Just back from my last customer journey mapping workshop for this year – a big shout out to all workshop participants who trusted the process, embraced ambiguity and learned how-to journey map the end-to-end customer experience and improve their customer-centric problem solving skills.
On the topic of customer segmentation and which customers to start mapping for, we briefly discussed focusing efforts on high value customers using Customer Lifetime Value (CLV). CLV is the prediction of value a business will derive over the lifetime of the customer relationship.
Using a CLV metric to segment high value customers focuses attention on the journeys that will deliver the best return on resources and effort for the most profitable customer relationships. In my experience, when organisations endeavour to map every customer journey or every segment they end up ‘boiling the ocean’; too much data, too many fixes, too many priories and not enough resources.
I am a big fan of Dr Peter Fader, professor of marketing and co-founder of the Customer Analytics Initiative at Wharton University of Pennsylvania, and author of Customer Centricity: Focus on the Right Customers for Strategic Advantage.
In this article (link below), he says “If we can figure out the most valuable customers from a future standpoint, not historical value or profitability, come up with ways to enhance that value, extract value for shareholders, then use that understanding to find more customers like them, we can potentially make far more profits than the typical ‘one-size-fits-all’ approach that comes from trying to boost overall satisfaction ratings and keeping them all happy.”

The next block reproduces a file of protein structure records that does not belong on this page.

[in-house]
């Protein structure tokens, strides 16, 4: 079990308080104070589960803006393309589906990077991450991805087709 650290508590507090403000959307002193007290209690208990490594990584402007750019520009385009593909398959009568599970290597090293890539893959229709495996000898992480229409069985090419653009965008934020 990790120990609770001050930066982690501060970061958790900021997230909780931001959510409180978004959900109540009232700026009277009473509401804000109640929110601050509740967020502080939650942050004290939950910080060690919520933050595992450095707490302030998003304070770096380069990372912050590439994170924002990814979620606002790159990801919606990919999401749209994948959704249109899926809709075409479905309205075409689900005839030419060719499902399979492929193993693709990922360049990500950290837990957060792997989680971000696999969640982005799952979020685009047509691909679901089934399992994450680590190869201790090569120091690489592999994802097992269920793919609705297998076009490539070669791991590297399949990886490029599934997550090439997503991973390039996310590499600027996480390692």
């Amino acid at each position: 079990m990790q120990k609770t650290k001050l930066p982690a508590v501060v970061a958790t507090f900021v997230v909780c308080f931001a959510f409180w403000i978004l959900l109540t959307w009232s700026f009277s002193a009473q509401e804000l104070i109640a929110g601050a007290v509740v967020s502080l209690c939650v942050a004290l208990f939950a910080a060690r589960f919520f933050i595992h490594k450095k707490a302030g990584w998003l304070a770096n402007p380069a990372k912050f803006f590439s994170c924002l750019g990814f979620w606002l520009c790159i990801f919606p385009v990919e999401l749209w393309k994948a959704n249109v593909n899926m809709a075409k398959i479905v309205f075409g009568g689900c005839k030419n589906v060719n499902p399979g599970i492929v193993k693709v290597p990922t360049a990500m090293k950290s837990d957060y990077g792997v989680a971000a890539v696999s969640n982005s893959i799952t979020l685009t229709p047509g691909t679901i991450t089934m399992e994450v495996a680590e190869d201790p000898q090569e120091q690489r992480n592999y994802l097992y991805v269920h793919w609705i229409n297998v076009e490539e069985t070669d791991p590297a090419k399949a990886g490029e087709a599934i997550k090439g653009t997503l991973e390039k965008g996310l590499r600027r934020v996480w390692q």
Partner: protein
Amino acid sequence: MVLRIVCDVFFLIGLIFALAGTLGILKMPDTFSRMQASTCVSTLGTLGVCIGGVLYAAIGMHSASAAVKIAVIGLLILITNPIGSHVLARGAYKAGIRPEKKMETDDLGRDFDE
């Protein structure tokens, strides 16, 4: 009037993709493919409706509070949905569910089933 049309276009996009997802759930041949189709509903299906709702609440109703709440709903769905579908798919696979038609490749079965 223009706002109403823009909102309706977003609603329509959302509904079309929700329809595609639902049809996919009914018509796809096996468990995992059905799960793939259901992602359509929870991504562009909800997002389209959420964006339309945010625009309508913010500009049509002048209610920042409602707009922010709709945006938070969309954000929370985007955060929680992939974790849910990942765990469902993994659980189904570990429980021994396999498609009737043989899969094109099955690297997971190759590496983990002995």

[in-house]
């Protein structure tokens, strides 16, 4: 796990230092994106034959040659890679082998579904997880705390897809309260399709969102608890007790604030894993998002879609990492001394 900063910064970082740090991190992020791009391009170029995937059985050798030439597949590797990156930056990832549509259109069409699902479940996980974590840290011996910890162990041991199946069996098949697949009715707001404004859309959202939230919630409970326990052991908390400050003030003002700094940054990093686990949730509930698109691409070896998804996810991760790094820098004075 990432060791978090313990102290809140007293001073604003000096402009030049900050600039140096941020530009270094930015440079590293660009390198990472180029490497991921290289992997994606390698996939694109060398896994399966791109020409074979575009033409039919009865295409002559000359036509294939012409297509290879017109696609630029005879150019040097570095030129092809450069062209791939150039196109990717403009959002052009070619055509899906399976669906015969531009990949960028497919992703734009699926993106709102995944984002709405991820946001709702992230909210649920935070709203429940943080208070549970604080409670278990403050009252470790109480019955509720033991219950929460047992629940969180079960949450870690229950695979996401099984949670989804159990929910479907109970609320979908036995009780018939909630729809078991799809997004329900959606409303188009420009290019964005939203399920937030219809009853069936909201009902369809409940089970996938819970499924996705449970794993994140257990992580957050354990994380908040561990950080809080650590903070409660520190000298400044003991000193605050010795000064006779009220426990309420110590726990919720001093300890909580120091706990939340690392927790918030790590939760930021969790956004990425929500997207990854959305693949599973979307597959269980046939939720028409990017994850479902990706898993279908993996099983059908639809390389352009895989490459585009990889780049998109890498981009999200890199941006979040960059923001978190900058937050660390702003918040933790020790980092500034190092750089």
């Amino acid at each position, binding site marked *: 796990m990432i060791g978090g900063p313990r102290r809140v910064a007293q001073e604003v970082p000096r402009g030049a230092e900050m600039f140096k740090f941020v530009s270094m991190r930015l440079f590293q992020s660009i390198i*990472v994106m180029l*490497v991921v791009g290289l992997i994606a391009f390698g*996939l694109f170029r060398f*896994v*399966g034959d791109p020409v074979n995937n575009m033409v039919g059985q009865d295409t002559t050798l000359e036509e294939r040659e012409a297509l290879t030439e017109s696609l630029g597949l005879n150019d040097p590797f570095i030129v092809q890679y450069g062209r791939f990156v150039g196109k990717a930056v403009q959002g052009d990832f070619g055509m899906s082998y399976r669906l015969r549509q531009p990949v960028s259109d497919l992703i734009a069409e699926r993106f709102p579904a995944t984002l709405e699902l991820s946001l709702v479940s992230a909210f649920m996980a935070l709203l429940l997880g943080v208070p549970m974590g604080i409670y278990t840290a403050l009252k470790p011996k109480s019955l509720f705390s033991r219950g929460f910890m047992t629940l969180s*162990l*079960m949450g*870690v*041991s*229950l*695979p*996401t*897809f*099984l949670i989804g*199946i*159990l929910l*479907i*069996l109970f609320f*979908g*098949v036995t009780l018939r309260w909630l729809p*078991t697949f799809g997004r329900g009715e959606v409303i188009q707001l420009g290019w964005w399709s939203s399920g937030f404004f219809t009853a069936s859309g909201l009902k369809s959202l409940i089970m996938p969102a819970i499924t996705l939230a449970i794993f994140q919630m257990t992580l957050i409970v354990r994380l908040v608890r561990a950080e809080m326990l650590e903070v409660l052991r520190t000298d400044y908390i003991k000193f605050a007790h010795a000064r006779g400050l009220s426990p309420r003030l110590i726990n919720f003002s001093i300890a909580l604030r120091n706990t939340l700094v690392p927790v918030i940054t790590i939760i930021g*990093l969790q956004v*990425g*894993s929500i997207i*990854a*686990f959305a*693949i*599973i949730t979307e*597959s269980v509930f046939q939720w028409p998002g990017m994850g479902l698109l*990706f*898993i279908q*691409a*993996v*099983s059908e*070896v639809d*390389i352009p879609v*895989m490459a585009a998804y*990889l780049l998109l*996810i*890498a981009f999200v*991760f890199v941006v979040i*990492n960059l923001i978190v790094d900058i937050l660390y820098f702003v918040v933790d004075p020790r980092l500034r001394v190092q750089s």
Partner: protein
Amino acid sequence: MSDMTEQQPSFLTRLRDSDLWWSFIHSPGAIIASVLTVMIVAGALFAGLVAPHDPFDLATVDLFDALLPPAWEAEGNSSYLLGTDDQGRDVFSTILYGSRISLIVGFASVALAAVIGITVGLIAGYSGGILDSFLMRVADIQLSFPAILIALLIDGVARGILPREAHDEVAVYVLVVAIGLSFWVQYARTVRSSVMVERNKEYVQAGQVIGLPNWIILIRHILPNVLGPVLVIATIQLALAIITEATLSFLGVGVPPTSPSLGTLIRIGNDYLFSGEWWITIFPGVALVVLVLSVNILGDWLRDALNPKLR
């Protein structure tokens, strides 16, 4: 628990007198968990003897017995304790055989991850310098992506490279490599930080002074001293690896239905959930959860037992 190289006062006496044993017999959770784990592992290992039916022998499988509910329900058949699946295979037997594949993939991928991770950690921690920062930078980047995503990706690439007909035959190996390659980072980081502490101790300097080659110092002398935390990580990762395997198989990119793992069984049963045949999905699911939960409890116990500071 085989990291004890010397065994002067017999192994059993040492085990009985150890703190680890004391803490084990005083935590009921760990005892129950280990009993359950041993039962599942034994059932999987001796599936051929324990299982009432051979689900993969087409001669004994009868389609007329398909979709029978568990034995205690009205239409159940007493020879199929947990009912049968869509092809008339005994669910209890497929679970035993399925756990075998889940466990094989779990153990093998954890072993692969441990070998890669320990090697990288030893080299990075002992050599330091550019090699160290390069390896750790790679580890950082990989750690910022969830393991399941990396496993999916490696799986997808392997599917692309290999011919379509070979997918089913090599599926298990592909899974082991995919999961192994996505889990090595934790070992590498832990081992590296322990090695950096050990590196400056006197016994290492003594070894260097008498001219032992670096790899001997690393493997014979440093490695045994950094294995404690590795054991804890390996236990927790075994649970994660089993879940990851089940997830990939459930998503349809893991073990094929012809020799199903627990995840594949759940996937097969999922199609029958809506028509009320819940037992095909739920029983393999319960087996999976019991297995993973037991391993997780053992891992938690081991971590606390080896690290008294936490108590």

In discussions with my consulting clients, it’s getting agreement on the metric values to calculate Customer Lifetime Value that always seems to be the hurdle in using CLV for customer segmentation purposes. Fader bases CLV calculations on three metrics: recency, frequency and monetary value. However, a brief search on Google showed that there’s many metrics and methods for calculation.
If getting agreement is the problem, there’s never a better time to start collaborating cross-functionally; getting finance and marketing working together to agree on metrics, calculation method and customer data – building the data-drive smarts to ensure prioritisation of resources and effort are focused on improving customer experiences that will deliver the greatest return on investment.